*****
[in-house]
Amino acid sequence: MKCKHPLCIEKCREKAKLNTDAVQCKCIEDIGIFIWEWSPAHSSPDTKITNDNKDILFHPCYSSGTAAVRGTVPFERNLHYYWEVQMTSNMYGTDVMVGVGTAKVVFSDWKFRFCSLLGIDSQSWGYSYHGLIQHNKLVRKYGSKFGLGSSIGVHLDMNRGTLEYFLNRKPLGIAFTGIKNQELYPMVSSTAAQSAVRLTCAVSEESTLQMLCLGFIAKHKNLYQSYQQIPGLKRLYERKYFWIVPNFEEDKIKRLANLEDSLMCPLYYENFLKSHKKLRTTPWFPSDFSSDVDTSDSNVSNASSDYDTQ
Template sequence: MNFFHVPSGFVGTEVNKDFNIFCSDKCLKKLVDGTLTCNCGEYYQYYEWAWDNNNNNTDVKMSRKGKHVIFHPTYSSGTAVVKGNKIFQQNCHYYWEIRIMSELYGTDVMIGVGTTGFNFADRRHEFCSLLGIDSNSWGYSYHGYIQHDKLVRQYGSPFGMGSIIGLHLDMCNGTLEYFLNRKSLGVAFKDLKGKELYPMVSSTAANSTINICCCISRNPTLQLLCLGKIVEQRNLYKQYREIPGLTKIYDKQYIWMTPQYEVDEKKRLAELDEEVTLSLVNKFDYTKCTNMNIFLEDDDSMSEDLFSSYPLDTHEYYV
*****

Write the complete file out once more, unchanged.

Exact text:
[in-house]
Amino acid sequence: MKCKHPLCIEKCREKAKLNTDAVQCKCIEDIGIFIWEWSPAHSSPDTKITNDNKDILFHPCYSSGTAAVRGTVPFERNLHYYWEVQMTSNMYGTDVMVGVGTAKVVFSDWKFRFCSLLGIDSQSWGYSYHGLIQHNKLVRKYGSKFGLGSSIGVHLDMNRGTLEYFLNRKPLGIAFTGIKNQELYPMVSSTAAQSAVRLTCAVSEESTLQMLCLGFIAKHKNLYQSYQQIPGLKRLYERKYFWIVPNFEEDKIKRLANLEDSLMCPLYYENFLKSHKKLRTTPWFPSDFSSDVDTSDSNVSNASSDYDTQ
Template sequence: MNFFHVPSGFVGTEVNKDFNIFCSDKCLKKLVDGTLTCNCGEYYQYYEWAWDNNNNNTDVKMSRKGKHVIFHPTYSSGTAVVKGNKIFQQNCHYYWEIRIMSELYGTDVMIGVGTTGFNFADRRHEFCSLLGIDSNSWGYSYHGYIQHDKLVRQYGSPFGMGSIIGLHLDMCNGTLEYFLNRKSLGVAFKDLKGKELYPMVSSTAANSTINICCCISRNPTLQLLCLGKIVEQRNLYKQYREIPGLTKIYDKQYIWMTPQYEVDEKKRLAELDEEVTLSLVNKFDYTKCTNMNIFLEDDDSMSEDLFSSYPLDTHEYYV